Following on my last post, which looked at the uses of Facebook for law firms, I thought I’d review the uses of Twitter in the law firm context. As before, I’m going to focus less on the benefits that Twitter can deliver to individual lawyers (which I’ve covered a couple of times at Law21) than on the best ways that law firms as corporate entities can utilize this social media tool.
It’s easy to use Twitter poorly, something millions of users demonstrate every day by updating their followers about what they’re doing, thinking or feeling at any given moment. There are extremely few people whose opinions and emotions are so compelling and central to the public good that we should hang on every character (up to 140) in which they’re detailed. The interest and utility of a Twitter account can be measured inverse to its focus on the Twitterer himself or herself. A good Twitter account talks about and links to things that matter to its readers, the same as a good blog or a good newspaper does; a lousy one assumes that the reason you’re following it is because you’re deeply, intimately interested in what the Twitterer is, says or does.
Law firms, unfortunately, are doing a lousy job with Twitter, every day, in growing numbers. I’ve reviewed dozens of law firm Twitter accounts, some owned by global giants and some by midsize or smaller operations, and in almost every instance I’ve come away shaking my head. Here’s what a typical law firm Twitter account contains:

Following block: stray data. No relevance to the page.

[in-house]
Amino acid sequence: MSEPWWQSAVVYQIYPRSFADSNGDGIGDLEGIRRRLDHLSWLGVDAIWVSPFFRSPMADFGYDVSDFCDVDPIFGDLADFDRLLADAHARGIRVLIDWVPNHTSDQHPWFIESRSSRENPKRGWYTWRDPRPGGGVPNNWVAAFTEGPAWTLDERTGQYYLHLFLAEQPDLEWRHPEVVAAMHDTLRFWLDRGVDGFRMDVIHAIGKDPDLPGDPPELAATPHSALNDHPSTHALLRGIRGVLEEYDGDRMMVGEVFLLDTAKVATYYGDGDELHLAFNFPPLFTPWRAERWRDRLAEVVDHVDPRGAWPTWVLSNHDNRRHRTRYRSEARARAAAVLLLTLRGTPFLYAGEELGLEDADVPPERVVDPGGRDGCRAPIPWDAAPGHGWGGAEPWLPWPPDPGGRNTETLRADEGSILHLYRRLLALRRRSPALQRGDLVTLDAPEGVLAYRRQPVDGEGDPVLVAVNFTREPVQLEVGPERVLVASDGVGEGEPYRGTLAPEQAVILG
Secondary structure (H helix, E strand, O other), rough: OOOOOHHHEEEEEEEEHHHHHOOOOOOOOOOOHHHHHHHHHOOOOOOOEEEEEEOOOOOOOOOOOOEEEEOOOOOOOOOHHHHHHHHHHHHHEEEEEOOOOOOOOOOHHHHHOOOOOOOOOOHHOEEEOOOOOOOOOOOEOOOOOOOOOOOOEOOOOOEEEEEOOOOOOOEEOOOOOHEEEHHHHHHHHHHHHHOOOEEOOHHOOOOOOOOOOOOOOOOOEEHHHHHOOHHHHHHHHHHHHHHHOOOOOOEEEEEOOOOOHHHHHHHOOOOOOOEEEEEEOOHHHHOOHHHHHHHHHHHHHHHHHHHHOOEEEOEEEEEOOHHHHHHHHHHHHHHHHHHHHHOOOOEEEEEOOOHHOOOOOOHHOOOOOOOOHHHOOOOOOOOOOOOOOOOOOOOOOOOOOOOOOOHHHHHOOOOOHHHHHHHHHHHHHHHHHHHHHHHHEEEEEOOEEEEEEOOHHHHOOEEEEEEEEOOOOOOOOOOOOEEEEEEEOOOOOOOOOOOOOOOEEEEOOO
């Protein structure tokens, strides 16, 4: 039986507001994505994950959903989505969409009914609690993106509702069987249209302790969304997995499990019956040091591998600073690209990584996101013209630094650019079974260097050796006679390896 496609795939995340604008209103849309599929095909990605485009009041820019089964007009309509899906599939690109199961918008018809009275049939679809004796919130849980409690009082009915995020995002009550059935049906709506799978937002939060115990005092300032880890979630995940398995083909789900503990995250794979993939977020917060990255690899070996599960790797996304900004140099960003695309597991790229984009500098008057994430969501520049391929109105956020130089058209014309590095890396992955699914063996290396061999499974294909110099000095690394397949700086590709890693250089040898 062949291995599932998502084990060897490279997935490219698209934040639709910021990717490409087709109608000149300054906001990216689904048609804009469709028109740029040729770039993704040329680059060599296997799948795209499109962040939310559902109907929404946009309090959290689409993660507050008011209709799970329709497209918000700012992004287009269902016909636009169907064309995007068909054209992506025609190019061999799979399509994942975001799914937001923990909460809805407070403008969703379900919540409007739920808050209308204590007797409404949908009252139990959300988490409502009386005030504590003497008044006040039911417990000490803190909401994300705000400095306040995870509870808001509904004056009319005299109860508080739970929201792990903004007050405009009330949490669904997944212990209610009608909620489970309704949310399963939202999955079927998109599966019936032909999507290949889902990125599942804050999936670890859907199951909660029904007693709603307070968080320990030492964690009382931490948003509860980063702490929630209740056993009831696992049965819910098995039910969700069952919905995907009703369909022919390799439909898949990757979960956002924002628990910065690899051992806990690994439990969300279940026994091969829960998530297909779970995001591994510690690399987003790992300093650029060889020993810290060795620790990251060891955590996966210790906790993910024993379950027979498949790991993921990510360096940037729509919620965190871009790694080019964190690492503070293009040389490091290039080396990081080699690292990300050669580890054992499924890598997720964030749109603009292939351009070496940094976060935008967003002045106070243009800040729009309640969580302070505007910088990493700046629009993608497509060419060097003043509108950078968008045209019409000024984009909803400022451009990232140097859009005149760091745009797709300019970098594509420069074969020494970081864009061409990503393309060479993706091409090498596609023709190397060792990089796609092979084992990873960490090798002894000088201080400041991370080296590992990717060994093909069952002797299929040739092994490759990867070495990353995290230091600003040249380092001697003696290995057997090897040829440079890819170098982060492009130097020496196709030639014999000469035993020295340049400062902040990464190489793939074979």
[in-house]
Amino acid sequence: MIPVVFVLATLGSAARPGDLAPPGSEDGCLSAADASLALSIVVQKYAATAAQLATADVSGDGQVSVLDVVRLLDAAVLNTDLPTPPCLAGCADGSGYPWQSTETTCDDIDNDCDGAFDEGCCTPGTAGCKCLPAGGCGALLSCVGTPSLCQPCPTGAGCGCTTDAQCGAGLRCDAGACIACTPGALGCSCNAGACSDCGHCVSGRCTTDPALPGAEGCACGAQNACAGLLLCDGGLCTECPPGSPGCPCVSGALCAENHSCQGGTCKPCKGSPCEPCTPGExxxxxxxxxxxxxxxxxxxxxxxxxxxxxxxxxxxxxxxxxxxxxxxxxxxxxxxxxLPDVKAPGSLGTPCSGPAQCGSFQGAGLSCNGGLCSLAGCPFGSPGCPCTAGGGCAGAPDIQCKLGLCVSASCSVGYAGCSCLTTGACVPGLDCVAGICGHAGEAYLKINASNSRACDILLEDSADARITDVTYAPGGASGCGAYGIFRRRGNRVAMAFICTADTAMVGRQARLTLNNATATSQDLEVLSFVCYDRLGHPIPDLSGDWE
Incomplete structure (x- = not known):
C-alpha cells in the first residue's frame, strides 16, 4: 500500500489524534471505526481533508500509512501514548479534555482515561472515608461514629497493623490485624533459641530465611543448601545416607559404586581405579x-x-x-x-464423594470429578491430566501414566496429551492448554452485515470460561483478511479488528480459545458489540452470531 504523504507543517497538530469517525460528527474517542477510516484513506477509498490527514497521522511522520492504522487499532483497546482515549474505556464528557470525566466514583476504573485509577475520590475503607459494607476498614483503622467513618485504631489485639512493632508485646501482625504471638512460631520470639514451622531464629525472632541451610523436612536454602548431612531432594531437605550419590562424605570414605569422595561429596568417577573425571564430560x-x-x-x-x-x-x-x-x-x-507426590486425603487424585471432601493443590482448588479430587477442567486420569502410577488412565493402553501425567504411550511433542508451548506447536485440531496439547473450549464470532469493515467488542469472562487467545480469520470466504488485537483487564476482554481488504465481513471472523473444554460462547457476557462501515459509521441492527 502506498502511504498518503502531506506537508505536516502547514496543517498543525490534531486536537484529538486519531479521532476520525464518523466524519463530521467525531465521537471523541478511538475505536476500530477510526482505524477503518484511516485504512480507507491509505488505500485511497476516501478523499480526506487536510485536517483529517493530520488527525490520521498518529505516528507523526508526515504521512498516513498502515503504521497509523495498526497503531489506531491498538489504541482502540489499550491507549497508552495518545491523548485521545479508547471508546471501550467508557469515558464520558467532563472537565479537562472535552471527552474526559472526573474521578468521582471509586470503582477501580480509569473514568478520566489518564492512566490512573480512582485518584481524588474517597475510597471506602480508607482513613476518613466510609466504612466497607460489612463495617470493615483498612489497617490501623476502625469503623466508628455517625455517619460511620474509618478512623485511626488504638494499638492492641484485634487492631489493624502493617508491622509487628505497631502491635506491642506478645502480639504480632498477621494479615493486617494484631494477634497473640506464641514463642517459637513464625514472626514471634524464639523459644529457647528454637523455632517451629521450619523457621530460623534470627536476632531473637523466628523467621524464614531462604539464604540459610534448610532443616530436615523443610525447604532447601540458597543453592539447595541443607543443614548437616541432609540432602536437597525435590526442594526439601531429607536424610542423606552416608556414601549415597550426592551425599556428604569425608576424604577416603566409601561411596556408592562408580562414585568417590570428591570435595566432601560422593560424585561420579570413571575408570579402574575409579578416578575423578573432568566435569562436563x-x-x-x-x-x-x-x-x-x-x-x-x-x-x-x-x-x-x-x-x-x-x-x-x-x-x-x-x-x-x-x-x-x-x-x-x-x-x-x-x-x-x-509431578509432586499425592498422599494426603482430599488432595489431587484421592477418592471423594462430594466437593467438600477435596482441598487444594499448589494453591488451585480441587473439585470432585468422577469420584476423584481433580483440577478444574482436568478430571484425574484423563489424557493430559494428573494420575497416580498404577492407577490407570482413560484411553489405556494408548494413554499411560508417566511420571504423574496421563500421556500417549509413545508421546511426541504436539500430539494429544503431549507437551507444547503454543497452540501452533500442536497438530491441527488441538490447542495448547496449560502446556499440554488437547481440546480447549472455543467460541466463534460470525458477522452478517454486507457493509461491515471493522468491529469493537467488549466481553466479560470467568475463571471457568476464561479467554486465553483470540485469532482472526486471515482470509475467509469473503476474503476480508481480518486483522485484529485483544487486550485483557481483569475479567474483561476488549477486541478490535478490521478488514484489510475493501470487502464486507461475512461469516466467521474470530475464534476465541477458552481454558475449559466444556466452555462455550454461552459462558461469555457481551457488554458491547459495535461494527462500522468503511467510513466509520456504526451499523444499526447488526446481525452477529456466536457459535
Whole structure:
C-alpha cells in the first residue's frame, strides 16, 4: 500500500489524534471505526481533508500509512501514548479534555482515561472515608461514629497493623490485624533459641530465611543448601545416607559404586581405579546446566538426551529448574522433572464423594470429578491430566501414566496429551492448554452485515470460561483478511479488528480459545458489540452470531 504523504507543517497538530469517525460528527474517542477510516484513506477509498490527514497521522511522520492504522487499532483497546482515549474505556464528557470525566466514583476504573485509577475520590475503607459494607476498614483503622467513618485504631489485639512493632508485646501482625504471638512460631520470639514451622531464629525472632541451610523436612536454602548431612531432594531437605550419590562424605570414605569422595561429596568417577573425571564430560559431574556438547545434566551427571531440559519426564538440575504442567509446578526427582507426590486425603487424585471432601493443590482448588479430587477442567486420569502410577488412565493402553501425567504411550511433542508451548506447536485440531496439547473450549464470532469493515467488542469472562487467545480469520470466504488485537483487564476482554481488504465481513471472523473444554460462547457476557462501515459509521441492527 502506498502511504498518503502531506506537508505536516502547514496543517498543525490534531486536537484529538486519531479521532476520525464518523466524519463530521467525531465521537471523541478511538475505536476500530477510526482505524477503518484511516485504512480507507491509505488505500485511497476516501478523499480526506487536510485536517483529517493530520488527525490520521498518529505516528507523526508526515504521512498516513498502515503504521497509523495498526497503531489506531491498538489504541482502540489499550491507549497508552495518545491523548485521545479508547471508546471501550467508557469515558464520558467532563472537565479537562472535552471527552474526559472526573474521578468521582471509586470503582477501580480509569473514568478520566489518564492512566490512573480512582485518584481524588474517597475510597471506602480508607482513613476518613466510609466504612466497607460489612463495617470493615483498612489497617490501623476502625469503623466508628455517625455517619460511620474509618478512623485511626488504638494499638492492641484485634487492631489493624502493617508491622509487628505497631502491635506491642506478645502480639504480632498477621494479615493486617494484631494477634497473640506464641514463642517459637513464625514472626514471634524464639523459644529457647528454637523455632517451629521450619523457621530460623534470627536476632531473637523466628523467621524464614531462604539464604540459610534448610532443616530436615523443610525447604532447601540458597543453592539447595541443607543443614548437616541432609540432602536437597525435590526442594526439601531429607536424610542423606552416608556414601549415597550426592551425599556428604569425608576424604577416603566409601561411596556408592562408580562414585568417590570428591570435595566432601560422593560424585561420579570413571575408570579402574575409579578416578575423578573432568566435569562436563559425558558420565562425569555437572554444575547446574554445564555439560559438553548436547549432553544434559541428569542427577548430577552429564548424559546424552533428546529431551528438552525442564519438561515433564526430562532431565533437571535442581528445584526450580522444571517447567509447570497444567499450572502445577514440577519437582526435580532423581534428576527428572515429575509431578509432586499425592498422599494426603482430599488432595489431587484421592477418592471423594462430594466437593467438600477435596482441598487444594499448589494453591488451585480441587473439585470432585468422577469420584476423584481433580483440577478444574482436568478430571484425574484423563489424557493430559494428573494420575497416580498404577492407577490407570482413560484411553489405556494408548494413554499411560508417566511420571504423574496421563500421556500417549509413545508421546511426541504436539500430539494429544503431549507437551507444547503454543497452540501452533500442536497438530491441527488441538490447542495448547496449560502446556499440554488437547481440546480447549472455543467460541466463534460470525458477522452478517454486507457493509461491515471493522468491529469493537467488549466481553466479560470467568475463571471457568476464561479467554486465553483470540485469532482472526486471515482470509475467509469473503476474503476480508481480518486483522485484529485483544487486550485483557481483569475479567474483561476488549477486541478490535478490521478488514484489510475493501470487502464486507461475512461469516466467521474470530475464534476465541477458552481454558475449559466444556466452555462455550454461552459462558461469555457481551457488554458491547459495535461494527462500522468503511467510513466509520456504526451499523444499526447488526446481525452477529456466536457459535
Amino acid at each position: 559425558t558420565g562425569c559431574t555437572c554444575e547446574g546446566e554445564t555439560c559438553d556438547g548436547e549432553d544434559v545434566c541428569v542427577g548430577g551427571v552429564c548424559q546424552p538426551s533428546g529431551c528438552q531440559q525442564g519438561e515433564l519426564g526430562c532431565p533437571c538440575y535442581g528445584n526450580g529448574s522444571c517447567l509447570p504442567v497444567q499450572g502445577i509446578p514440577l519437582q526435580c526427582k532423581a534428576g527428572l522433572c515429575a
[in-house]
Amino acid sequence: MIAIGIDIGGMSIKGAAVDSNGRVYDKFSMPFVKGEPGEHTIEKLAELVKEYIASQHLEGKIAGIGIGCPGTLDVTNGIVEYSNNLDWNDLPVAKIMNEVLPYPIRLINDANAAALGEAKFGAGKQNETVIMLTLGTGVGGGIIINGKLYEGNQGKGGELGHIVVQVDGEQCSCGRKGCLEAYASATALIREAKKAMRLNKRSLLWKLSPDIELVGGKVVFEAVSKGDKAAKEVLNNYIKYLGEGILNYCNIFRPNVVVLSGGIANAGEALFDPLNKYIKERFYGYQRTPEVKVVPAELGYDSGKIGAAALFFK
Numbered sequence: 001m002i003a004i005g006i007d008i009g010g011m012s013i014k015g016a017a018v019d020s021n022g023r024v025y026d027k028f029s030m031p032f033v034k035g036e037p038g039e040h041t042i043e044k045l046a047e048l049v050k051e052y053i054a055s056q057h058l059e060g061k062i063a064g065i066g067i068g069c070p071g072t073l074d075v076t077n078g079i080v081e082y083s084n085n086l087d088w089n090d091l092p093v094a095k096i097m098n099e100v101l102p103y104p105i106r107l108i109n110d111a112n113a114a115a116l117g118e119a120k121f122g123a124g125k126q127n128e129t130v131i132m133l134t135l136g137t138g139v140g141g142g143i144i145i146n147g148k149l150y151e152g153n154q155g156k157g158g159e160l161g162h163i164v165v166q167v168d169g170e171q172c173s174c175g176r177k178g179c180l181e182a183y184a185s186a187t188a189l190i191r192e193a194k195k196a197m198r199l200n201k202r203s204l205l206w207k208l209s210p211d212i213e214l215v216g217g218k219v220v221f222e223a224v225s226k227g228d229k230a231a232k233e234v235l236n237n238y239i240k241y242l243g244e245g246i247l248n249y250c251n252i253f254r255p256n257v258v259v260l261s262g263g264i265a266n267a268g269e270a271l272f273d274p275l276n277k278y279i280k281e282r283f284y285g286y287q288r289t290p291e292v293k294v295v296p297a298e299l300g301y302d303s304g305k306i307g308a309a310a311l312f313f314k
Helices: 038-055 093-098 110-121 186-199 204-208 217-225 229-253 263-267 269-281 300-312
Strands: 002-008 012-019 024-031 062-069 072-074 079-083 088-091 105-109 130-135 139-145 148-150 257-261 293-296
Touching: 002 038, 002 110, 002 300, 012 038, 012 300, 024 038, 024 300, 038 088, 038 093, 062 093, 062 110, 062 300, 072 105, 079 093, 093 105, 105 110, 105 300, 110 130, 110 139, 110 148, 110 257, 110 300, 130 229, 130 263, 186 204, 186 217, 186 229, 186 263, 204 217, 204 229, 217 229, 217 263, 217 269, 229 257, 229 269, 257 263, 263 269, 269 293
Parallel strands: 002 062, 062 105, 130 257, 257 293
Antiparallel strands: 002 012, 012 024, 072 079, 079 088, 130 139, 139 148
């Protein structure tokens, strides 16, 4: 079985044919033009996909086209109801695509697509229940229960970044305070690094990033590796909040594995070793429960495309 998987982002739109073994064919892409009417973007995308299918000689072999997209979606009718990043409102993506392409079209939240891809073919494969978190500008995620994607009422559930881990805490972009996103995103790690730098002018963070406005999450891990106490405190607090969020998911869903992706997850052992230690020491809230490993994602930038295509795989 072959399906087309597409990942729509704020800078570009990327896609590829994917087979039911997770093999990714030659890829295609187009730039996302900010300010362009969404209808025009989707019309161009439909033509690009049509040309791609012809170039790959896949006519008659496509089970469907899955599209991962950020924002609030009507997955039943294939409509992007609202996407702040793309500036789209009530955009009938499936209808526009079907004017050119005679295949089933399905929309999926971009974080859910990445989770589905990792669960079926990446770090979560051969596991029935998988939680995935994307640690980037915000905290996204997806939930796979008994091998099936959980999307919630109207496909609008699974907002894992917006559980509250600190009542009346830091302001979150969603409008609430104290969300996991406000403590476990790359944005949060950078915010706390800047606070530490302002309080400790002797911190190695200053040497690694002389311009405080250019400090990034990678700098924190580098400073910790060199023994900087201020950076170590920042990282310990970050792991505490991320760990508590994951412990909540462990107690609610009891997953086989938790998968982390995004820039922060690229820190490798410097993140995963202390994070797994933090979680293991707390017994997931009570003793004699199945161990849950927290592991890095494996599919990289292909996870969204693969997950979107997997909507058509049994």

- copied-and-pasted headlines from the firm’s press releases, with a link thereto;
- copied-and-pasted headlines from the firm’s newsletters or blogs, with a link thereto;
- news that a lawyer at the firm has appeared in a media outlet, with a link thereto;
- news that a lawyer at the firm has received an award or designation, with a link thereto;
- news that the firm has successfully completed a client engagement, with a link thereto.
The firm’s Twitter feed is essentially a 140-character encapsulation and rebroadcast of its Media Page — and as a former member of the journalistic cabal, I can tell you that the Media Page is generally the most useless page on a law firm website, even (especially) for the media. These Twitter feeds assume that you, the reader, care exclusively about what the law firm and its lawyers are doing or saying. Even the happiest and most satisfied law firm client, though, would probably not derive much value out of a channel that features exactly one program, 24/7.
These firms aren’t setting out to appear narcissistic and self-aggrandizing on purpose, even though that’s often the effect. What these results often reflect is the firms’ confusion about exactly what their Twitter feeds are supposed to be doing — why their firms are on Twitter at all. That’s understandable, because Twitter is so new and is still evolving, and most firms aren’t yet equipped to cope with online social media anyway. But it’s still no reason to Twitter incessantly about oneself — or, as a few of the largest law firms in Canada and the U.S. are doing, to create a Twitter account and leave it completely blank.
A good law firm Twitter feed keeps two things in mind: (1) it’s all about the clients, and (2) it’s not all about the firm. Updates deliver breaking news of interest to the firm’s clientele, or provide links to reports of interest and importance to clients’ industries, or spread the word about upcoming events and opportunities that could deliver value to clients. They RT (re-“tweet” — I’ll only use that verb in quotation marks) good updates from other Twitter accounts, ensuring that all the links in such RTs are valid and respectable. They follow the feeds of other Twitter users they like, and of the clients and potential clients they hope (but are certainly not entitled to expect) will follow them back